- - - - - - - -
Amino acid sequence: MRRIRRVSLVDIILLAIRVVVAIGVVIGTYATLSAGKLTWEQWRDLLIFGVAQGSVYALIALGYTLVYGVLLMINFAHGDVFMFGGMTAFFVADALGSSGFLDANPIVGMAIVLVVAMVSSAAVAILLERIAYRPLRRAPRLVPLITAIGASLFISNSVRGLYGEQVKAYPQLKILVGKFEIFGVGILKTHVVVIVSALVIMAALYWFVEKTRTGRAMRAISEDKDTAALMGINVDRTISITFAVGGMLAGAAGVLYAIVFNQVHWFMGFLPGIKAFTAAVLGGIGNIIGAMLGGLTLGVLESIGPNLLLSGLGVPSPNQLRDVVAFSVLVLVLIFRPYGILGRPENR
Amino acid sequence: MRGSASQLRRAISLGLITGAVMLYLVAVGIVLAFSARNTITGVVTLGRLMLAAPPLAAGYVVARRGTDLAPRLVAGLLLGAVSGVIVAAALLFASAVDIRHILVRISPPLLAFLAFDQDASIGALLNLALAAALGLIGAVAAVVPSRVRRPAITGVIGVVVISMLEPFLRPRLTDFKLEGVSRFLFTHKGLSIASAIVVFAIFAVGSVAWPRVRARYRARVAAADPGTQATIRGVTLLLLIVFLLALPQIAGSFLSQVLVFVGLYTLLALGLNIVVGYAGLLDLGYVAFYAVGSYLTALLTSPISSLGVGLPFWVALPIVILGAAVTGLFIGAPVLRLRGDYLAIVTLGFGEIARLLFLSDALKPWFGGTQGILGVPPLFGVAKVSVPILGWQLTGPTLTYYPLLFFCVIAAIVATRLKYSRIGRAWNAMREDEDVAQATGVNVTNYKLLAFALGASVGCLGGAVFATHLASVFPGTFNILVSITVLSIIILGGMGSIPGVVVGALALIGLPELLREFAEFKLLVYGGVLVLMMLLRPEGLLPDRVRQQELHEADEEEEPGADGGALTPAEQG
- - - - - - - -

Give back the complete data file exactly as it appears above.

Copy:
Amino acid sequence: MRRIRRVSLVDIILLAIRVVVAIGVVIGTYATLSAGKLTWEQWRDLLIFGVAQGSVYALIALGYTLVYGVLLMINFAHGDVFMFGGMTAFFVADALGSSGFLDANPIVGMAIVLVVAMVSSAAVAILLERIAYRPLRRAPRLVPLITAIGASLFISNSVRGLYGEQVKAYPQLKILVGKFEIFGVGILKTHVVVIVSALVIMAALYWFVEKTRTGRAMRAISEDKDTAALMGINVDRTISITFAVGGMLAGAAGVLYAIVFNQVHWFMGFLPGIKAFTAAVLGGIGNIIGAMLGGLTLGVLESIGPNLLLSGLGVPSPNQLRDVVAFSVLVLVLIFRPYGILGRPENR
Amino acid sequence: MRGSASQLRRAISLGLITGAVMLYLVAVGIVLAFSARNTITGVVTLGRLMLAAPPLAAGYVVARRGTDLAPRLVAGLLLGAVSGVIVAAALLFASAVDIRHILVRISPPLLAFLAFDQDASIGALLNLALAAALGLIGAVAAVVPSRVRRPAITGVIGVVVISMLEPFLRPRLTDFKLEGVSRFLFTHKGLSIASAIVVFAIFAVGSVAWPRVRARYRARVAAADPGTQATIRGVTLLLLIVFLLALPQIAGSFLSQVLVFVGLYTLLALGLNIVVGYAGLLDLGYVAFYAVGSYLTALLTSPISSLGVGLPFWVALPIVILGAAVTGLFIGAPVLRLRGDYLAIVTLGFGEIARLLFLSDALKPWFGGTQGILGVPPLFGVAKVSVPILGWQLTGPTLTYYPLLFFCVIAAIVATRLKYSRIGRAWNAMREDEDVAQATGVNVTNYKLLAFALGASVGCLGGAVFATHLASVFPGTFNILVSITVLSIIILGGMGSIPGVVVGALALIGLPELLREFAEFKLLVYGGVLVLMMLLRPEGLLPDRVRQQELHEADEEEEPGADGGALTPAEQG